African rift. The initial Permian clastic rocks deposited The climate became less arid, with restriction of arid
in Syria are locally more than 500 m (1640 ft) thick in conditions to the northern part of the Mesopotamian
the SinjarPalmyra trough. Much thinner accumula- basin. The fluviatile and coastal sandstones belonging
tions were deposited on the flanks of the trough. Some to this period have good reservoir properties, but so
minor oil-prone source rocks have been identified in far, they are unproductive, probably a response to a
the clastic sequence, as well as sandstones of fair to good lack of access to adequate hydrocarbon sources. This
reservoir characteristics. stage terminated with emergence after the Rhaetian.
The Kurrachine Formation consists of alternations The break is well marked over the stable shelf, with
of limestones and dolomites, shales, and anhydrites, removal of notable parts of the Upper Triassic se-
which may contain local source rocks. The formation quence, mainly on the Rutbah and Khleissia highs.
may be at the beginning of thermal maturation on the Currently, the Triassic reservoirs of the Middle
Aleppo plateau and in thermal or overmature zones East are not significant. They contain some 1% of
in areas of Jebbissa, Soukhne, and Souedie (Figure 1), the total Iraqi proven oil reserve. Other countries do
which are situated in the eastern part of Syria (Al- not fare much better. The main Triassic reservoir
Sakini, 1992). rocks are the dolomites, oolitic limestones, and sand-
In northern parts of Jordan, shales and argillaceous stones in northern Iraq and Syria. The main accumula-
limestones in the Triassic strata may represent poten- tions are within the Kurra Chine Formation in north-
tial indigenous source rocks. In the NH-1 well (Fig- ern Iraq, mainly in the Butmah, Sufaiya, and Alan oil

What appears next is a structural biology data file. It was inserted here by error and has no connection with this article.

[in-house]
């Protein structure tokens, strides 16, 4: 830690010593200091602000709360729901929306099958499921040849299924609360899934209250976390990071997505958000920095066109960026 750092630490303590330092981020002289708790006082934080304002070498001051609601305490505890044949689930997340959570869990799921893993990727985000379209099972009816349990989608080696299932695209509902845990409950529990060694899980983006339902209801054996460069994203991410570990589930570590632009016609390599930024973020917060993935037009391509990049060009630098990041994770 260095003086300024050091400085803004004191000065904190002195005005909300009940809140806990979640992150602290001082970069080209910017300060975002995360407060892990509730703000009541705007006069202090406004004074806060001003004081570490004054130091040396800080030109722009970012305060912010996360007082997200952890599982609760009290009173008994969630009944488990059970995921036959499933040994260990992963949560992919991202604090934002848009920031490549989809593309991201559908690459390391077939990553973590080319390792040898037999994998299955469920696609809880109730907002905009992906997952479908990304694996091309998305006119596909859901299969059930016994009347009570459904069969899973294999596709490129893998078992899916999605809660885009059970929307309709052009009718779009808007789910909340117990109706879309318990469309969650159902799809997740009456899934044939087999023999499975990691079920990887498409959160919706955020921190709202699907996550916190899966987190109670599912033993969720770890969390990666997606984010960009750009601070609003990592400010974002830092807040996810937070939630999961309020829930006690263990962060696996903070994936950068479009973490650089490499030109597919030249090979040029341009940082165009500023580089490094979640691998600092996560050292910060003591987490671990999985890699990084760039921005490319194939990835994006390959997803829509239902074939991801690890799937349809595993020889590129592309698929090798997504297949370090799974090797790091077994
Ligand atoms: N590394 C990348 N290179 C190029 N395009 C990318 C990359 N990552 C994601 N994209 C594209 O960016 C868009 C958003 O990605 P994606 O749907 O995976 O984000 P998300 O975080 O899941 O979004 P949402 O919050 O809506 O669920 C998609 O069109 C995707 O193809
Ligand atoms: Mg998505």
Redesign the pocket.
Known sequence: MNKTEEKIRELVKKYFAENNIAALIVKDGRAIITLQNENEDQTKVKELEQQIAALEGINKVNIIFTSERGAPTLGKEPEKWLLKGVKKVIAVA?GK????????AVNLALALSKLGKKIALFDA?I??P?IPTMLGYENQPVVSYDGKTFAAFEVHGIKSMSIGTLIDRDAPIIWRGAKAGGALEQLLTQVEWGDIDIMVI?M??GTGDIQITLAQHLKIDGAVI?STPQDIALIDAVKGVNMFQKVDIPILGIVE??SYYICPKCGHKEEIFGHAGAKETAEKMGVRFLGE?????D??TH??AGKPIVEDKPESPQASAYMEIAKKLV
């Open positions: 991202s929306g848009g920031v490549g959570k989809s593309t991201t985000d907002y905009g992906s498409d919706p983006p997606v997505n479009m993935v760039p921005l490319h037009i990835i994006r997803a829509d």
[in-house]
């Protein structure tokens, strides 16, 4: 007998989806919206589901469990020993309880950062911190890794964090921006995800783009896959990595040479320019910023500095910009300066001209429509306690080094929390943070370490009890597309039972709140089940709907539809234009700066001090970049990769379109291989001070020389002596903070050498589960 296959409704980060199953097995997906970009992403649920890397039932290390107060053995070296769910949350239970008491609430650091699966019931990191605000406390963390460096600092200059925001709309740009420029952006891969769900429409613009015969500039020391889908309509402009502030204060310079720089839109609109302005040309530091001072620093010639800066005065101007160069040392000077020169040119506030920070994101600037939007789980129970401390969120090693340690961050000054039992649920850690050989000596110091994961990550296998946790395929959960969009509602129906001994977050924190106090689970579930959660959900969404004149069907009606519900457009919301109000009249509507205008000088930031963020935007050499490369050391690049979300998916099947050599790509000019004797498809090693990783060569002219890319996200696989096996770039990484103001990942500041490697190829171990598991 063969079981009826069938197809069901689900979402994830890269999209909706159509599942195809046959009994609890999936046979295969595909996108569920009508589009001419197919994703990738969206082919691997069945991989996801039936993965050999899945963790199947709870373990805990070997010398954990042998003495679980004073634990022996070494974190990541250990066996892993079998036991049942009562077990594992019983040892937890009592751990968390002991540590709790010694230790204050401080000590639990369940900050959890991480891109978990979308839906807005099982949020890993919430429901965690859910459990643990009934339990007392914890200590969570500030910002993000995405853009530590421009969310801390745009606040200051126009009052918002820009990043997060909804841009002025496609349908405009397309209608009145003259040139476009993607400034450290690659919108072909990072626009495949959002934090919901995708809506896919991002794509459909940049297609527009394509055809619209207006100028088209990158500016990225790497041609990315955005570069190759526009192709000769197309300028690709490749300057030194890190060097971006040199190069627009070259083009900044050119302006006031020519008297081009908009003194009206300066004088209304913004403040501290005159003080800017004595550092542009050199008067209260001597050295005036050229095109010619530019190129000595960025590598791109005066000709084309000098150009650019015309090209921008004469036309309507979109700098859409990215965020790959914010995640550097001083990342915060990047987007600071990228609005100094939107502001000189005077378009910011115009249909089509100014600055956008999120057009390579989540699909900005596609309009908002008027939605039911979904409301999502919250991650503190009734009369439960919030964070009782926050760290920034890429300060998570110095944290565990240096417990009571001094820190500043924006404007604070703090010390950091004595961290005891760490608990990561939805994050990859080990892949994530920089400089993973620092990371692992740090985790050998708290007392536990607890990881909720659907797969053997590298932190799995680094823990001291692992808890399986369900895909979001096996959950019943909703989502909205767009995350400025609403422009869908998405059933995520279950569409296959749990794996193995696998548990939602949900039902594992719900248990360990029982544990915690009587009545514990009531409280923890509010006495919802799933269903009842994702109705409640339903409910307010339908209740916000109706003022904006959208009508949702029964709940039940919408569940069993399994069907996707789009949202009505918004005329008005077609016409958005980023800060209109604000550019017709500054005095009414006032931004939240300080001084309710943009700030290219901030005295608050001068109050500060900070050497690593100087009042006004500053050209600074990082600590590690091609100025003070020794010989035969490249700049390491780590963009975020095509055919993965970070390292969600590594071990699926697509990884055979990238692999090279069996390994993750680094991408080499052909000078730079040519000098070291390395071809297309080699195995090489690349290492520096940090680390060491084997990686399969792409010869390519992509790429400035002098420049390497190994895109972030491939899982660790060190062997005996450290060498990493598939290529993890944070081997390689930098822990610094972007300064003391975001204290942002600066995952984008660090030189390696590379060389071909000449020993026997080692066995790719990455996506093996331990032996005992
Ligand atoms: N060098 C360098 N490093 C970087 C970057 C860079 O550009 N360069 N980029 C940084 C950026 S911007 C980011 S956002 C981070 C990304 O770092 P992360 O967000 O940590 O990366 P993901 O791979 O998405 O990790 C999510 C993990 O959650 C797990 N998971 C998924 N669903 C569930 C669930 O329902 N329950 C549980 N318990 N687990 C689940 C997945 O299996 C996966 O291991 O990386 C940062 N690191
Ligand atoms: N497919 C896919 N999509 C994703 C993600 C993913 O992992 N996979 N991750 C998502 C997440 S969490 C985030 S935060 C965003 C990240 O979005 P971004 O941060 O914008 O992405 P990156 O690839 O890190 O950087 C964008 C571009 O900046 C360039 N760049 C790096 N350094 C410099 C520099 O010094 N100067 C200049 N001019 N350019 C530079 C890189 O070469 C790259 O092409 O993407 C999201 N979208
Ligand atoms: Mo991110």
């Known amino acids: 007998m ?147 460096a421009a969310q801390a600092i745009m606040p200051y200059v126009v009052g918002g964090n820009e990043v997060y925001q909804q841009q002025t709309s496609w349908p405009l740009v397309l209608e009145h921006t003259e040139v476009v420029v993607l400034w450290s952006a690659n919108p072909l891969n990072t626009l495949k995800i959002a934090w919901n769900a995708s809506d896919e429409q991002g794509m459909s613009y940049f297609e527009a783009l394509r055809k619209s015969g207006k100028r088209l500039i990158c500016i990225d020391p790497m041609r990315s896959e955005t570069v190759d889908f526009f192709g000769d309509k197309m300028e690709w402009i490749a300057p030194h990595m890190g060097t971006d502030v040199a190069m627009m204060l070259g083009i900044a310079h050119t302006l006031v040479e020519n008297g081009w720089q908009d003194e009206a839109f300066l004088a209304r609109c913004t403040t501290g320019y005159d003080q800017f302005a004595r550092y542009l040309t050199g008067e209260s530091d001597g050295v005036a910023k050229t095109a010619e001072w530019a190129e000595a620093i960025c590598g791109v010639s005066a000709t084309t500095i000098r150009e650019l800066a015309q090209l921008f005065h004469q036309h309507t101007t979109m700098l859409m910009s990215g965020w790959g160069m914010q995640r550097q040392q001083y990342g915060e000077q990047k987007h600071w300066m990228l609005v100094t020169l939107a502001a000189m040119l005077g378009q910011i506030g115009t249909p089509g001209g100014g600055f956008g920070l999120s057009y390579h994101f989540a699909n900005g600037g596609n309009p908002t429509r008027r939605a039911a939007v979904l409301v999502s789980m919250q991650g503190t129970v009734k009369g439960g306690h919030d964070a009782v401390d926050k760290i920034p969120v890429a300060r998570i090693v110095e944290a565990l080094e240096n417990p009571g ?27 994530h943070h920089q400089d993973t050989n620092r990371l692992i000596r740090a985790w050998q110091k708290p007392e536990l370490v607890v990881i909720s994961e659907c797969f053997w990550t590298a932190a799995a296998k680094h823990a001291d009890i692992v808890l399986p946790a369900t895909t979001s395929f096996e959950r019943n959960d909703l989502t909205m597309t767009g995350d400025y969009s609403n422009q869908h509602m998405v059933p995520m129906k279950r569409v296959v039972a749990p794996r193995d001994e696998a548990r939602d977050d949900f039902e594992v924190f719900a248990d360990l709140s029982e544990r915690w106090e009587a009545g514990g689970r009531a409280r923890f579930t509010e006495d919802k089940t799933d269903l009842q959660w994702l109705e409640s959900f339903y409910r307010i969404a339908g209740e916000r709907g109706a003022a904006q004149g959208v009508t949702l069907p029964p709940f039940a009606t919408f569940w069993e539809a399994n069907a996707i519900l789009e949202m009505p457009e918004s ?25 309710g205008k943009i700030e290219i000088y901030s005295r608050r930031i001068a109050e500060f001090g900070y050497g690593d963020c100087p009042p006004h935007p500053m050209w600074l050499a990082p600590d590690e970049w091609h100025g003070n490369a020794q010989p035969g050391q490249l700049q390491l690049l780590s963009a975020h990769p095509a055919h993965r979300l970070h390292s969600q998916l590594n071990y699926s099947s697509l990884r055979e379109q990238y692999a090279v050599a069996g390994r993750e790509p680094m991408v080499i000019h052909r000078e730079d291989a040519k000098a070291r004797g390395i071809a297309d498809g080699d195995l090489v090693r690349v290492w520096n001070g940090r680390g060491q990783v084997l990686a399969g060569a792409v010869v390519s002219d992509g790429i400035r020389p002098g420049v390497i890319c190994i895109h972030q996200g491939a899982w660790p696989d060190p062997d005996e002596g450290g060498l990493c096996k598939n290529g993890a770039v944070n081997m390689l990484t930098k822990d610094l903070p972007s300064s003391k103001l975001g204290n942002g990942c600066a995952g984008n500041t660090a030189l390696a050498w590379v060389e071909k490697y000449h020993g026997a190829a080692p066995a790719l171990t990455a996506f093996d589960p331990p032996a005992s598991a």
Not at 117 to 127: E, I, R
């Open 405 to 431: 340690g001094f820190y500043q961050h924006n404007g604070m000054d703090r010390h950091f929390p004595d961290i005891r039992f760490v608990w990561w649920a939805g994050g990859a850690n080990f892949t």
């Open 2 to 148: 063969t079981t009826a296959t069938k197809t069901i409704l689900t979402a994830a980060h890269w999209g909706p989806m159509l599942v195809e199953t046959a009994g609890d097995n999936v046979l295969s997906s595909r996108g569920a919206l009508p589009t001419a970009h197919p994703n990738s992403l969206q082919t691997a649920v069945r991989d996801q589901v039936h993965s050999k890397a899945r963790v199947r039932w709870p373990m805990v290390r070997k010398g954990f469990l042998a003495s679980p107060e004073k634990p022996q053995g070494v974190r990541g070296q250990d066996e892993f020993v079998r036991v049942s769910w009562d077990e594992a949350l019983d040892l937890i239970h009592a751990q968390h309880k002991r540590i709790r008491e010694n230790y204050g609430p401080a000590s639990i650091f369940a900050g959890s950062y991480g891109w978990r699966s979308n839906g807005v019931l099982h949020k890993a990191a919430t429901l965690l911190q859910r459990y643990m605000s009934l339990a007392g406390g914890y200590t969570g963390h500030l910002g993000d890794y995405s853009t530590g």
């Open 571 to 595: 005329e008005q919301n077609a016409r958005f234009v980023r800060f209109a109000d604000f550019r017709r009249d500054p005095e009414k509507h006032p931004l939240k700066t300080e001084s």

ure 1), these rocks contain a fairly high total organic fields and in the fields of Souedie, Rumailan, Jebbissa,

534 Stratigraphy, Lithofacies Distribution, and Potential of the Northern Arabian Plate
and Tishreen in Syria (May, 1991; Sadooni, 1995). In are structurally inverted, and there is a considerable
the Euphrates graben, oil was recovered during tests shift between surface and subsurface structures. There-
from Triassic carbonates and clastics (Al-Sakini, 1992). fore, many of the drilled wells were shifted and missed
Although the Rutba sandstone is the most prolific the intended reservoir targets. There are, however, sev-
reservoir in the graben, other reservoir-quality rocks eral fields that produced significant amounts of oil and
have been documented in the Triassic and Carbonif- gas during production tests. In Alan field, several for-
erous (Litak et al., 1998). Some of these clastics may mation tests were carried out on the Kurra Chine For-
belong to the Kurra Chine Formation, because Sadooni mation. In the well Alan-1, free oil was encountered at
(1995) reported that the lower part of the Kurra Chine the depth of 2569 2570 m (8428 8431 ft) and gas
Formation becomes increasingly clastic toward the cen- shows at 2564 m (8412 ft). In Alan-2, a formation test
tral parts of Iraq. Minor oil accumulations and shows was carried out in the Kurra Chine at the depth of
were reported from different parts in Jordan and the 2408 2466 m (7900 8090 ft), and the well produced